Hanging Lake Trail will be closed for volunteer restoration work, Sept. 9-10 | PostIndependent.com

Hanging Lake Trail will be closed for volunteer restoration work, Sept. 9-10

The sign at the base of the log at Hanging Lake forbids this activity, but some people don't get it.
Will Grandbois / Post Independent file |

Hanging Lake Trail will be closed to the public Sept. 9-10 as volunteers work to improve the 1.2 miles of trail leading to the lake and Spouting Rock.

The volunteers, brought together by nonprofit groups Volunteers for Outdoor Colorado and Roaring Fork Outdoor Volunteers, will restore heavily impacted areas and structures, constructing highly technical check steps, water bars, staircases and retaining rock walls.

The volunteer project comes amid headlines of graffiti and blatant violations of posted rules, including incidents of people swimming in the fragile alpine lake. These infractions, along with 160,000-plus annual visitors, have made the restoration project a high priority for demonstrating how volunteers can effectively address Colorado’s growing maintenance needs from overuse and lack of sustainable funding for public lands.

The Forest Service last week announced a plan to limit visitors to the lake and require permits to help combat the damage.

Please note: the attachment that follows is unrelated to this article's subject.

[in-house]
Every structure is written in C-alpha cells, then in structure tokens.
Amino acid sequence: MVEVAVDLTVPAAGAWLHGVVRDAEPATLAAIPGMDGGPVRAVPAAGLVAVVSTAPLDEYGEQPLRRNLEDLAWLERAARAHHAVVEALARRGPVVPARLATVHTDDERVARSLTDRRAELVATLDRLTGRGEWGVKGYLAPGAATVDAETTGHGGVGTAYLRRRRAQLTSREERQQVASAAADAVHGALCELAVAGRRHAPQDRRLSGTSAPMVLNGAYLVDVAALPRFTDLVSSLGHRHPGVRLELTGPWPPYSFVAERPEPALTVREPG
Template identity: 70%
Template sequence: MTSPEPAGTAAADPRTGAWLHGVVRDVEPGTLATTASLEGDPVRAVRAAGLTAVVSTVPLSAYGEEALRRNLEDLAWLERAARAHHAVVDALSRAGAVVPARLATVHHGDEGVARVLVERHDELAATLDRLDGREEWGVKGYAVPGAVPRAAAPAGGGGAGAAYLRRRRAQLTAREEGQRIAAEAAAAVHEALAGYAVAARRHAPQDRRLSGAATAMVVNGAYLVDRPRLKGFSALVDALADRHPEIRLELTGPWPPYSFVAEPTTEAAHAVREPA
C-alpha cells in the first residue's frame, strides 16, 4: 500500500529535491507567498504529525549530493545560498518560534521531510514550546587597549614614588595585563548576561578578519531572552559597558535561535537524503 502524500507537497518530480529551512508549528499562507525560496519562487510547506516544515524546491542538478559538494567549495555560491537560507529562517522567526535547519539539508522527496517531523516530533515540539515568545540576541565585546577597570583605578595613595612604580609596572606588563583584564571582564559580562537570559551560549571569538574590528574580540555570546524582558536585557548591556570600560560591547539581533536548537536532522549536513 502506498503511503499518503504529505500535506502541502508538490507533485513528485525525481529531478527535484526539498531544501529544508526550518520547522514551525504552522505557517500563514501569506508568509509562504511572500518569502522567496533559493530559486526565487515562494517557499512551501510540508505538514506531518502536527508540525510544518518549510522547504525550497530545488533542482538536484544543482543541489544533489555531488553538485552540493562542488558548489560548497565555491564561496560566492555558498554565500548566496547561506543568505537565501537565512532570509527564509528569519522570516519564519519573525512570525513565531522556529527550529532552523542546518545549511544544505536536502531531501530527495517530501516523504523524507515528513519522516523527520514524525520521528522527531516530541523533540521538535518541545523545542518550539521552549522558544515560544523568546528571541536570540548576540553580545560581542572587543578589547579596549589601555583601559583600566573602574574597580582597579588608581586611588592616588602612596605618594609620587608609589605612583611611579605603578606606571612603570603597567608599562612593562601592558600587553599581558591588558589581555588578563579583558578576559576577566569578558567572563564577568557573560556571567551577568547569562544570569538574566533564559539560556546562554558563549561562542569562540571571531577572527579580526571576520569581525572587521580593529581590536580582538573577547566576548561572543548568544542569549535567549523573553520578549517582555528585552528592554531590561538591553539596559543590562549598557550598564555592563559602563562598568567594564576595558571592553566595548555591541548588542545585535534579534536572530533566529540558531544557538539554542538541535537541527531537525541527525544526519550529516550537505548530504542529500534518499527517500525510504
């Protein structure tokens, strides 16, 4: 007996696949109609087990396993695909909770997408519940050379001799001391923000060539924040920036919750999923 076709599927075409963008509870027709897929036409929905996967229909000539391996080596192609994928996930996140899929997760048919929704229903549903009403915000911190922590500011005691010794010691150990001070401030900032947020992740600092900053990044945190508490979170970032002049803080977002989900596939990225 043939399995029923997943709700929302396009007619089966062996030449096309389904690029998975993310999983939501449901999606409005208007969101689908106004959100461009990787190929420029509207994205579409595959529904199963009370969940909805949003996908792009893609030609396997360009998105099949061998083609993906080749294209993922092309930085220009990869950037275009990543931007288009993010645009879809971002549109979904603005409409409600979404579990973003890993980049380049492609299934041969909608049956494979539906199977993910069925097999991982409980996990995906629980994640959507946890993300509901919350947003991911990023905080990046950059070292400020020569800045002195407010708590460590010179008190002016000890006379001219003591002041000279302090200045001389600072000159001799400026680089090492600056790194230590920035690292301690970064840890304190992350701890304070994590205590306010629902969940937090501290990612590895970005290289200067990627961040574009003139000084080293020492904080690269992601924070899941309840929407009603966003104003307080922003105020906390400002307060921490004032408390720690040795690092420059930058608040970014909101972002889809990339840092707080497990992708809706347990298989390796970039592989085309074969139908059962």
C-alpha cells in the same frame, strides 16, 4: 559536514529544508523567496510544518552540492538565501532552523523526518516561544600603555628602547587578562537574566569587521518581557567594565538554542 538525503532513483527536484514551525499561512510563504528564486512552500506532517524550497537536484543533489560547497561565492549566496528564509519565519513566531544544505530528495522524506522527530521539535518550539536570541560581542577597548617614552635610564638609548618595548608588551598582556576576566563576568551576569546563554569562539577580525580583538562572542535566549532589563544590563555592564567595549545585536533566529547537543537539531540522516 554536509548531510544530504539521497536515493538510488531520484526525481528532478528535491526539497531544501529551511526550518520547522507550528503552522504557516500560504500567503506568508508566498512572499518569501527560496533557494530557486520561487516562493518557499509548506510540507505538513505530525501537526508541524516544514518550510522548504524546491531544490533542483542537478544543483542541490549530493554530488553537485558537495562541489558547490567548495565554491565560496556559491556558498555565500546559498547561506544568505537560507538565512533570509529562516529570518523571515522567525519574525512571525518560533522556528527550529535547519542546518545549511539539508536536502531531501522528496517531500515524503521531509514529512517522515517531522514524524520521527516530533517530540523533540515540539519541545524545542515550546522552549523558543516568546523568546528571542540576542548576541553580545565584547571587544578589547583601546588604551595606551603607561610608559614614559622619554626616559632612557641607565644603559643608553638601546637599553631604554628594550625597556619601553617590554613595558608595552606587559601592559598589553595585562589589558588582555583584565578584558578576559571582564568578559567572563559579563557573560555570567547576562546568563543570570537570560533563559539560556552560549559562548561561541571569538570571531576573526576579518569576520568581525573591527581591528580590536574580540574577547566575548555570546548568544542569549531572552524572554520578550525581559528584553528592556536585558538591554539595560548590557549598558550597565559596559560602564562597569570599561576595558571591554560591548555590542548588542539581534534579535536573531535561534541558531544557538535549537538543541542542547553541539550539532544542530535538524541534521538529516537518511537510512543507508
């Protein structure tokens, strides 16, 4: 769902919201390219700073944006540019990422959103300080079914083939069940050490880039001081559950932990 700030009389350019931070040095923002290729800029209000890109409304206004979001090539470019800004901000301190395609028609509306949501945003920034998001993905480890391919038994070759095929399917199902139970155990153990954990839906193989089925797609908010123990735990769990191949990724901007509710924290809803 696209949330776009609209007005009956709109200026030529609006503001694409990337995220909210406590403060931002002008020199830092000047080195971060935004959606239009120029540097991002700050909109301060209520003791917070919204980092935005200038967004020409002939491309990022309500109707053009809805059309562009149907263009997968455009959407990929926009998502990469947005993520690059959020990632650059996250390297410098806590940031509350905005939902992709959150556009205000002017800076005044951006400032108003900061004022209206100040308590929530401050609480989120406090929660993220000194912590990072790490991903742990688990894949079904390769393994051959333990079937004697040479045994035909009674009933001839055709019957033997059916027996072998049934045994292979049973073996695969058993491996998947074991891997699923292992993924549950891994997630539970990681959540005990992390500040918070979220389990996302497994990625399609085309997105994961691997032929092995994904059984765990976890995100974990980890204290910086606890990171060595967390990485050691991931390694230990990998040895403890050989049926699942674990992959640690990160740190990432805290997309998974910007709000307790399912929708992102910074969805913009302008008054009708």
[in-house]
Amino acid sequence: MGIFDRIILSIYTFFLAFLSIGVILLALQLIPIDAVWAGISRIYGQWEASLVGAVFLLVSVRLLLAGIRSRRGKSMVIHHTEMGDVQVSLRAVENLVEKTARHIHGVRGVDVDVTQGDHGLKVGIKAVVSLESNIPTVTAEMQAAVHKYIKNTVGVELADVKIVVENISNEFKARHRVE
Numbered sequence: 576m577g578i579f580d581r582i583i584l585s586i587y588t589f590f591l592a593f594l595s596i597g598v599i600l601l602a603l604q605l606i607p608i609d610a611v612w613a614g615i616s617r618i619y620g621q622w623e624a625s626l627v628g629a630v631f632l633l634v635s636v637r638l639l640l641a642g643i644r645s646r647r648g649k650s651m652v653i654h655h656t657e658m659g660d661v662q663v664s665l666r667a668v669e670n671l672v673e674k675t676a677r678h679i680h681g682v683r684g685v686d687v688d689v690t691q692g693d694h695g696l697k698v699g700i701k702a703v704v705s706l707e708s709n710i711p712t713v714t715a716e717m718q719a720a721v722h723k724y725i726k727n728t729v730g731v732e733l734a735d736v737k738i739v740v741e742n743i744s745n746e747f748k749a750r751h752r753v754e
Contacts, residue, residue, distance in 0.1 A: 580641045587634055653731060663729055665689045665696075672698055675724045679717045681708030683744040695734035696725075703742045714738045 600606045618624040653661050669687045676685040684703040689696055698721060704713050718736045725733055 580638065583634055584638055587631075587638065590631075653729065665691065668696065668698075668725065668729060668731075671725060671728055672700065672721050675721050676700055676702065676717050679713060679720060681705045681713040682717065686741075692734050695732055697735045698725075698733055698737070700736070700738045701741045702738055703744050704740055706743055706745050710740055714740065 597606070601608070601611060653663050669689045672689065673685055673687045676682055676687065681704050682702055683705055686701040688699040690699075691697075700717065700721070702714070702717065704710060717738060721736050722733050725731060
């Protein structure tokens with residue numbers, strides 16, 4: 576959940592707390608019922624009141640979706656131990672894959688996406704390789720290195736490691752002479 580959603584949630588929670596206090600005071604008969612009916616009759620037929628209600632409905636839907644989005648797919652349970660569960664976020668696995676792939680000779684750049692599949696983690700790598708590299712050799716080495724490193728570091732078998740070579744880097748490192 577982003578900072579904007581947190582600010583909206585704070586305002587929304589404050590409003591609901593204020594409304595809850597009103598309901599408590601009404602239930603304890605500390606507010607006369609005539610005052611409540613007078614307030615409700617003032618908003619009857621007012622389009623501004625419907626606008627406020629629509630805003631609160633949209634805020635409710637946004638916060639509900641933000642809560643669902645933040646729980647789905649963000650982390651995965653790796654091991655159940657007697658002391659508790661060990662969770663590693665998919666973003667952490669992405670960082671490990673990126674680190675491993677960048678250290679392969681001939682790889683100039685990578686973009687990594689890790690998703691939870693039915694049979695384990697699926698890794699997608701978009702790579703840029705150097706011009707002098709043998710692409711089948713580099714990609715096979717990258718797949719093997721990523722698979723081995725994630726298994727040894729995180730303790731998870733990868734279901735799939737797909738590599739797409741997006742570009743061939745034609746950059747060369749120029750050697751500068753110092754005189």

The U.S. Forest Service’s Eagle-Holy Cross Ranger District, which manages the area, has long relied on volunteer organizations to address a backlog of maintenance needs in the area and across the state. Roaring Fork Outdoor Volunteers has committed to providing stewardship work at Hanging Lake through an ongoing partnership with the Forest Service, and it will be the group’s third time working with Volunteers for Outdoor Colorado on the site: In 2010 and 2011, the two organizations engaged more than 200 volunteers to maintain 1,600 feet of trail, reconstruct rock walls and build 170 rock steps.

“The stewardship needs facing the Hanging Lake Trail and Colorado are simply too big to tackle alone,” said David Hamilton, executive director for Roaring Fork Outdoor Volunteers. “But with partnerships like the one between (Volunteers for Outdoor Colorado) and (Roaring Fork Outdoor Volunteers), we can reach more volunteers, use resources more effectively and better preserve our public lands.”

While the Hanging Lake project is full, those interested in volunteering can visit http://www.voc.org/volunteer to register for other opportunities across the state. Colorado land managers interested in using volunteers to address stewardship needs are also encouraged to submit an application for Volunteers for Outdoor Colorado’s 2018 project season at http://www.voc.org/land-managers.

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